Each year, since returning to Ghana in 2014, Suzanne and I have come back to Texas at Christmas because we get kicked out of our on-campus housing at Ashesi. This year will be different. We were back so often these last two years as Nelda was sick and later passed, and ten months later, my Dad. It was high time we visited more of this continent we call home, Africa.
So it is off to Tanzania for Christmas, but on our way there, we made a three-night stop in Rwanda. We’re calling it our transition culture, a palate cleanser of sorts, between our home in Ghana and this holiday vacation in mainland Tanzania and then island Zanzibar. A palate cleanser is a neutral-flavored food or drink that removes food taste from the mouth, allowing one to more accurately assess a new flavor. For us we come to Rwanda hoping to remove the residue of a difficult and stressful year whose details need not be rehashed.
We really didn’t know what to expect when we landed in Rwanda. Ashesi has a number of fine Rwandans, who are excellent students, ambitious people and deeply kind-hearted. Each has a story to tell of the Genocide that scared their home 23 years ago, forever altering the trajectory of their lives, but it is not our story. We also knew that Kigali, the capital city, is the cleanest African city, a designation that is quite safe from any city in Ghana. And the wonderful coffee. Oh, my! A Rwandan student gave me two pounds of amazing Rwandan Coffee, last fall which immediately after one sip became my preferred coffee country of origin. WOW!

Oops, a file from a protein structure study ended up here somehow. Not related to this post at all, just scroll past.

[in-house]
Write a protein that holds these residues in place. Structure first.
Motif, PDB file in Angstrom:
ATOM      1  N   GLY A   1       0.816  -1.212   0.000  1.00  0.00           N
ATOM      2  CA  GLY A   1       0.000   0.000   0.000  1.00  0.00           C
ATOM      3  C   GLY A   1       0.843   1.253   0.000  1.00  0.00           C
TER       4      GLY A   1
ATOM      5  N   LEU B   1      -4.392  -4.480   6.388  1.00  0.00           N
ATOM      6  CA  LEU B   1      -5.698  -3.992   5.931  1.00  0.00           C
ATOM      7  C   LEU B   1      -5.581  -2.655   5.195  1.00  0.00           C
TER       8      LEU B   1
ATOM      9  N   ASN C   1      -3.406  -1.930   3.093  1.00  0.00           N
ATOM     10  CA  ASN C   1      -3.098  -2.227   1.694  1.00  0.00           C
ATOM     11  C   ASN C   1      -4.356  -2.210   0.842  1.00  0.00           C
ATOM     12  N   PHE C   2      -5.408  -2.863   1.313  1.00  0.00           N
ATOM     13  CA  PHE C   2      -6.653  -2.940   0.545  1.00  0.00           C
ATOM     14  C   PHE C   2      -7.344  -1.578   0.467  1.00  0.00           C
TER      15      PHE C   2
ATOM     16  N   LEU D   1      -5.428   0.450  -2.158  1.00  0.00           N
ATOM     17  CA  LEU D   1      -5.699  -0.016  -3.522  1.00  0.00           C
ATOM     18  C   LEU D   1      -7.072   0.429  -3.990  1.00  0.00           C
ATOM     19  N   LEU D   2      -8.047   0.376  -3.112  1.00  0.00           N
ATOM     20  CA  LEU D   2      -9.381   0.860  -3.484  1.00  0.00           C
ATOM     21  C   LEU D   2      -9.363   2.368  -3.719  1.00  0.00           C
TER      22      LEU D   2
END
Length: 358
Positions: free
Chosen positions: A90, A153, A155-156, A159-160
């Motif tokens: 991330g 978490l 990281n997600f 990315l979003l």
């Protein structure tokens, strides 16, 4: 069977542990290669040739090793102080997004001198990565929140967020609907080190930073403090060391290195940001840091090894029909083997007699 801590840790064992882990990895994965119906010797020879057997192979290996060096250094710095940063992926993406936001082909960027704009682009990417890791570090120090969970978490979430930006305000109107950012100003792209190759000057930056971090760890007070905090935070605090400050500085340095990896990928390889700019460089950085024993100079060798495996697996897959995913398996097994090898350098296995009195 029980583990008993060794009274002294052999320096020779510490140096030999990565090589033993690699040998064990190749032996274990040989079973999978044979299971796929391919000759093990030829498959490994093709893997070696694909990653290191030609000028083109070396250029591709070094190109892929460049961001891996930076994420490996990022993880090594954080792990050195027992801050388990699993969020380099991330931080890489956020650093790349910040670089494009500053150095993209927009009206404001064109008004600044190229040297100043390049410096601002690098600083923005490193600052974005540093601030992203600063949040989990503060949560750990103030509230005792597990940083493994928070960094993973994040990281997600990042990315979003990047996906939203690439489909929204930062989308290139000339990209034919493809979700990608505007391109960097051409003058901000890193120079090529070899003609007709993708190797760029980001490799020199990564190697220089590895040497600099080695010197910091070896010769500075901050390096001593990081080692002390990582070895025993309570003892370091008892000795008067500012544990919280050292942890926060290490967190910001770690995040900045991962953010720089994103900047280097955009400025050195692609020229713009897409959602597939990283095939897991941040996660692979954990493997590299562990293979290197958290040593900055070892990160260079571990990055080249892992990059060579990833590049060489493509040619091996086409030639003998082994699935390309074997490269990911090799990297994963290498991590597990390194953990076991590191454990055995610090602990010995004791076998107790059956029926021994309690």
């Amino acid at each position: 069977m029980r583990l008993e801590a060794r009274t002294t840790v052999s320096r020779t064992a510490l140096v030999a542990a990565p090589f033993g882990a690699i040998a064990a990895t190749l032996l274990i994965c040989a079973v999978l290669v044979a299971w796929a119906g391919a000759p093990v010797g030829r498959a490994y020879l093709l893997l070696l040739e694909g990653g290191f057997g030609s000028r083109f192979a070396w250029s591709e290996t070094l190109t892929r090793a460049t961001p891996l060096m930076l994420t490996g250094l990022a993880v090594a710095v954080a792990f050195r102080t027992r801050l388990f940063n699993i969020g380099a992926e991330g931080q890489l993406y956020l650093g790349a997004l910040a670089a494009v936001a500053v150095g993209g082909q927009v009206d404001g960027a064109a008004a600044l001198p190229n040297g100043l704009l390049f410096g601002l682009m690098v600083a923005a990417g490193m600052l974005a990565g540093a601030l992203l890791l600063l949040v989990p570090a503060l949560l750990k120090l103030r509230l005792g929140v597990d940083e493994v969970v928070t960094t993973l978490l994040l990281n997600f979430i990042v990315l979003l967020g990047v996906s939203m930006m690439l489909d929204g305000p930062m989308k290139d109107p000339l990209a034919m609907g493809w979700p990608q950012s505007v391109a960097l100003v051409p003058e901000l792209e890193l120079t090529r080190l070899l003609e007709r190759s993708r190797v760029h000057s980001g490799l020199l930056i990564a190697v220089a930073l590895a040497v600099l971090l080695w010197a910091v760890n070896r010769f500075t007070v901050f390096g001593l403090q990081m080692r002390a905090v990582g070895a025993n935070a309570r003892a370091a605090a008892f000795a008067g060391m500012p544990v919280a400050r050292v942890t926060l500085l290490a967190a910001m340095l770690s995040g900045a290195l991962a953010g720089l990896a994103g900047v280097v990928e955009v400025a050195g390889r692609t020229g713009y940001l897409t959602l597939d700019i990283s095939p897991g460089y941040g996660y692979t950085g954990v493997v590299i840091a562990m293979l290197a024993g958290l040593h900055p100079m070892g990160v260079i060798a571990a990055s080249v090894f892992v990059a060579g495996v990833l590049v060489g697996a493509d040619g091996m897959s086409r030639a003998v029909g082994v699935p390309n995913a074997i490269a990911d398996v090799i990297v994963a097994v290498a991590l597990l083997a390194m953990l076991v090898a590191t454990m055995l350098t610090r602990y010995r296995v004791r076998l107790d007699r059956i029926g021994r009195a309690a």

Disembarking at the unfortunately initialed KIA (Kigali International Airport) we were thinking about Genocide, cleanliness, coffee and palate cleansing, arriving on an overnight flight from another KIA. Kotoka International Airport, Accra, is ironically named for Lieutenant General Kotoka, a co-conspirator and announcer on radio of the successful overthrow of Ghana’s first republic, and Ghana’s first president Kwame Nkrumah. A little over a year later Gen. Kotoka died in another coup attempt, he was literally Killed In Action.
After checking into our hotel, we walked around Kigali and we learn many things: while Rwandans drive on the right side of the road, they mostly walk on the left. Suzanne and I try to go with the flow, but the flow goes against us. Opposing walkers we expect to pass on our of left suddenly move to our right and we end up in frantic near misses. Both of us look at the cars driving on the road and try to do as they do, but the other walkers don’t. It feels like we’re walking in Japan, the UK, or Australia. Countries in which one can understand why they would walk on the left, because the cars don’t drive on the right side of the road, but here it doesn’t make any sense.Another thing we see is Kigali’s reputation for being the cleanest city in Africa is well deserved. There is no trash anywhere, no black plastic bags, no empty sachet water plastics, no empty plastic bottles, nor mysterious unidentifiable trash. The roads and landscapes are perfectly clean, and so is the air. It is a spotlessness that we recognize over and over.